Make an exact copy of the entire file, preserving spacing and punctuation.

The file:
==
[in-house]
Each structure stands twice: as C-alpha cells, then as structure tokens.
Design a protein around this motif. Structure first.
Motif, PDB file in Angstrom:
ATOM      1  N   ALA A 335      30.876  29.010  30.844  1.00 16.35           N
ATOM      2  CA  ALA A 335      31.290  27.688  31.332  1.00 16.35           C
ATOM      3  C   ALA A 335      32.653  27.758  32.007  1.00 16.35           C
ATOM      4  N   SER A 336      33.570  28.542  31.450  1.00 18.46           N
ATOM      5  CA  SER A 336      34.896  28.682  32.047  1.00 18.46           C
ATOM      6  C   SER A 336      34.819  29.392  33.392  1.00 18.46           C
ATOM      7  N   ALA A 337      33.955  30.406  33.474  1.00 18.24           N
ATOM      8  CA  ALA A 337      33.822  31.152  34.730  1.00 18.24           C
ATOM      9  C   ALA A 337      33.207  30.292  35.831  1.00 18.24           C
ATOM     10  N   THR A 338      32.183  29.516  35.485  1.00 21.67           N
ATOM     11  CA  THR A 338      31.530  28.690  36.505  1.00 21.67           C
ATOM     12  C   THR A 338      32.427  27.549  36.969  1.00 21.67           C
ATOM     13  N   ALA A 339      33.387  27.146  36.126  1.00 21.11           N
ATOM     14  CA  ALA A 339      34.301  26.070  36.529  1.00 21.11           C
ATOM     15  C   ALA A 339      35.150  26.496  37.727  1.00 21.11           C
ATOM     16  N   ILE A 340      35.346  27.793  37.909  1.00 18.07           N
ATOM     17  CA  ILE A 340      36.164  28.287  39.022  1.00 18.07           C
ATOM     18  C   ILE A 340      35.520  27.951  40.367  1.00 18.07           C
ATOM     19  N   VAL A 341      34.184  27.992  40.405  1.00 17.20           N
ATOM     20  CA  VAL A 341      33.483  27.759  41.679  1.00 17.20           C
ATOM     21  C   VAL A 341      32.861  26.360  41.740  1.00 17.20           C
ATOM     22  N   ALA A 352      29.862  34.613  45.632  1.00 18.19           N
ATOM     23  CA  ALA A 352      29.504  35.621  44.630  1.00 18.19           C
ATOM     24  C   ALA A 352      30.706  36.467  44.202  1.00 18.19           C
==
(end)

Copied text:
[in-house]
Each structure stands twice: as C-alpha cells, then as structure tokens.
Design a protein around this motif. Structure first.
Motif, PDB file in Angstrom:
ATOM      1  N   ALA A 335      30.876  29.010  30.844  1.00 16.35           N
ATOM      2  CA  ALA A 335      31.290  27.688  31.332  1.00 16.35           C
ATOM      3  C   ALA A 335      32.653  27.758  32.007  1.00 16.35           C
ATOM      4  N   SER A 336      33.570  28.542  31.450  1.00 18.46           N
ATOM      5  CA  SER A 336      34.896  28.682  32.047  1.00 18.46           C
ATOM      6  C   SER A 336      34.819  29.392  33.392  1.00 18.46           C
ATOM      7  N   ALA A 337      33.955  30.406  33.474  1.00 18.24           N
ATOM      8  CA  ALA A 337      33.822  31.152  34.730  1.00 18.24           C
ATOM      9  C   ALA A 337      33.207  30.292  35.831  1.00 18.24           C
ATOM     10  N   THR A 338      32.183  29.516  35.485  1.00 21.67           N
ATOM     11  CA  THR A 338      31.530  28.690  36.505  1.00 21.67           C
ATOM     12  C   THR A 338      32.427  27.549  36.969  1.00 21.67           C
ATOM     13  N   ALA A 339      33.387  27.146  36.126  1.00 21.11           N
ATOM     14  CA  ALA A 339      34.301  26.070  36.529  1.00 21.11           C
ATOM     15  C   ALA A 339      35.150  26.496  37.727  1.00 21.11           C
ATOM     16  N   ILE A 340      35.346  27.793  37.909  1.00 18.07           N
ATOM     17  CA  ILE A 340      36.164  28.287  39.022  1.00 18.07           C
ATOM     18  C   ILE A 340      35.520  27.951  40.367  1.00 18.07           C
ATOM     19  N   VAL A 341      34.184  27.992  40.405  1.00 17.20           N
ATOM     20  CA  VAL A 341      33.483  27.759  41.679  1.00 17.20           C
ATOM     21  C   VAL A 341      32.861  26.360  41.740  1.00 17.20           C
ATOM     22  N   ALA A 352      29.862  34.613  45.632  1.00 18.19           N
ATOM     23  CA  ALA A 352      29.504  35.621  44.630  1.00 18.19           C
ATOM     24  C   ALA A 352      30.706  36.467  44.202  1.00 18.19           C